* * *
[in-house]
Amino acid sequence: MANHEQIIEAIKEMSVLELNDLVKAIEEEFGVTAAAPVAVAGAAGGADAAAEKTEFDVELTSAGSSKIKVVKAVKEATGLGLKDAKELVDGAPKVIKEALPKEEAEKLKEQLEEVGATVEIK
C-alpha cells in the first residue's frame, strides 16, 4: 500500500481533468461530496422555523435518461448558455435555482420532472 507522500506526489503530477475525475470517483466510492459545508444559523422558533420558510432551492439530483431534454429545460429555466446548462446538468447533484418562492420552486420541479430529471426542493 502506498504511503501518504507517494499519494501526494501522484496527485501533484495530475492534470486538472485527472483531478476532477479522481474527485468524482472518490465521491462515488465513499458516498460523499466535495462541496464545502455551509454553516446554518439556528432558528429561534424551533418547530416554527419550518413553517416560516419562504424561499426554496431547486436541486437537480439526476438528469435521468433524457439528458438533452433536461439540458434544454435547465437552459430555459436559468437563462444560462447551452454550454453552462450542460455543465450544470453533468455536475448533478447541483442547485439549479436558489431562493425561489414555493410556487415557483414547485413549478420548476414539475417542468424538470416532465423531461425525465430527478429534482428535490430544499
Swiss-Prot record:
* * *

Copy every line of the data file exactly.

[in-house]
Amino acid sequence: MANHEQIIEAIKEMSVLELNDLVKAIEEEFGVTAAAPVAVAGAAGGADAAAEKTEFDVELTSAGSSKIKVVKAVKEATGLGLKDAKELVDGAPKVIKEALPKEEAEKLKEQLEEVGATVEIK
C-alpha cells in the first residue's frame, strides 16, 4: 500500500481533468461530496422555523435518461448558455435555482420532472 507522500506526489503530477475525475470517483466510492459545508444559523422558533420558510432551492439530483431534454429545460429555466446548462446538468447533484418562492420552486420541479430529471426542493 502506498504511503501518504507517494499519494501526494501522484496527485501533484495530475492534470486538472485527472483531478476532477479522481474527485468524482472518490465521491462515488465513499458516498460523499466535495462541496464545502455551509454553516446554518439556528432558528429561534424551533418547530416554527419550518413553517416560516419562504424561499426554496431547486436541486437537480439526476438528469435521468433524457439528458438533452433536461439540458434544454435547465437552459430555459436559468437563462444560462447551452454550454453552462450542460455543465450544470453533468455536475448533478447541483442547485439549479436558489431562493425561489414555493410556487415557483414547485413549478420548476414539475417542468424538470416532465423531461425525465430527478429534482428535490430544499
Swiss-Prot record: